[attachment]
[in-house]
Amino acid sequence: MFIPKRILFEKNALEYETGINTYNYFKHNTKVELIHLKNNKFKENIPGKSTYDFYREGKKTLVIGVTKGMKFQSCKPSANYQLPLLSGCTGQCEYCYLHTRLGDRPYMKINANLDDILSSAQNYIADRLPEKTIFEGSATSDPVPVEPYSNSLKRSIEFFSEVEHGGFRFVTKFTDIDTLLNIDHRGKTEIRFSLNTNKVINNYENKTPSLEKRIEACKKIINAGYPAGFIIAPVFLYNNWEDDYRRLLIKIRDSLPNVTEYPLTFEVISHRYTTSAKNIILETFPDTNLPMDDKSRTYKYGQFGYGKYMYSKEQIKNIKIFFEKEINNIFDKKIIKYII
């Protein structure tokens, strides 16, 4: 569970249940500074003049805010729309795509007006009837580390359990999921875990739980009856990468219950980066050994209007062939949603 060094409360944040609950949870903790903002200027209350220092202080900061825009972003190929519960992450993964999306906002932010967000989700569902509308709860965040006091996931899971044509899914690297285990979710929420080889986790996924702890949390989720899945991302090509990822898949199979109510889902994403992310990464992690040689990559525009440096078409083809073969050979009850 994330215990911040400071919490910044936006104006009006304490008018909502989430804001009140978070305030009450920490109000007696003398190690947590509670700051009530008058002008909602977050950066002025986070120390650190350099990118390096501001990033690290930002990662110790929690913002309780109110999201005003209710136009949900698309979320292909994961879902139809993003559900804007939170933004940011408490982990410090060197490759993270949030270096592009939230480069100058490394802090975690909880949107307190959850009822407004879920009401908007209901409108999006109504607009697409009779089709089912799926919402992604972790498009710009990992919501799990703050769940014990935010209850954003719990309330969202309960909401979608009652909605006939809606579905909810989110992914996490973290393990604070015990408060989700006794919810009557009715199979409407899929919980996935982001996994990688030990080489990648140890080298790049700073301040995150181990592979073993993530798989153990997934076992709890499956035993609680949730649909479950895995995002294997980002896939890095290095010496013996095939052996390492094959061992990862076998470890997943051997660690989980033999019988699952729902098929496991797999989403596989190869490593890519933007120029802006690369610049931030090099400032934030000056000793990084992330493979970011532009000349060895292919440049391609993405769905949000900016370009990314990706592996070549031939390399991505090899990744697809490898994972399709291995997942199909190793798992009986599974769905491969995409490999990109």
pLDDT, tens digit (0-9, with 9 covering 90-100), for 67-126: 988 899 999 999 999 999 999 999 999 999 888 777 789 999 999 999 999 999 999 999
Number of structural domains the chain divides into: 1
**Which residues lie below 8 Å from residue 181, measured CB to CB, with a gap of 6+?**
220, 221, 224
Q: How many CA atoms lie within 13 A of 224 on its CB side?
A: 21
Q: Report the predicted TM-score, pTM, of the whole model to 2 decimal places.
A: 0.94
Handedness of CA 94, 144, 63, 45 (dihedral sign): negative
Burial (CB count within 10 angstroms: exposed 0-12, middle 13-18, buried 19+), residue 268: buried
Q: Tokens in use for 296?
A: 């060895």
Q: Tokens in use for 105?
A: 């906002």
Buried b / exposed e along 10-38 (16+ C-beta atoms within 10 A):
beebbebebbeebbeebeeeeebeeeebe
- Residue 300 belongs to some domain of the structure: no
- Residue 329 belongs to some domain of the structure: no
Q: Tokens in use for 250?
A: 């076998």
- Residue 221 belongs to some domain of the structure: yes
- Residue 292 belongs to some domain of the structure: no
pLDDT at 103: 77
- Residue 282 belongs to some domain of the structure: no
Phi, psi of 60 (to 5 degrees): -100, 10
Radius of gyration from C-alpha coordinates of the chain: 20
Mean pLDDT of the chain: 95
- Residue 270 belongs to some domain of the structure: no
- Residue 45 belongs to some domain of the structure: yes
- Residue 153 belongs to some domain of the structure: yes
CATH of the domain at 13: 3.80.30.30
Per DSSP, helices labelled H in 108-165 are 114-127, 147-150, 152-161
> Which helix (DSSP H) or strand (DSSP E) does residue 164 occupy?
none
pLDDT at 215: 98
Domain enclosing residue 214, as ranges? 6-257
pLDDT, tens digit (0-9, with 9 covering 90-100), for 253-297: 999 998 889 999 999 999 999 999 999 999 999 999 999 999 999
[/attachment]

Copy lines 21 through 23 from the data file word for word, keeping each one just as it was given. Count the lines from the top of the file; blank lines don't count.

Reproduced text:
- Residue 329 belongs to some domain of the structure: no
Q: Tokens in use for 250?
A: 């076998």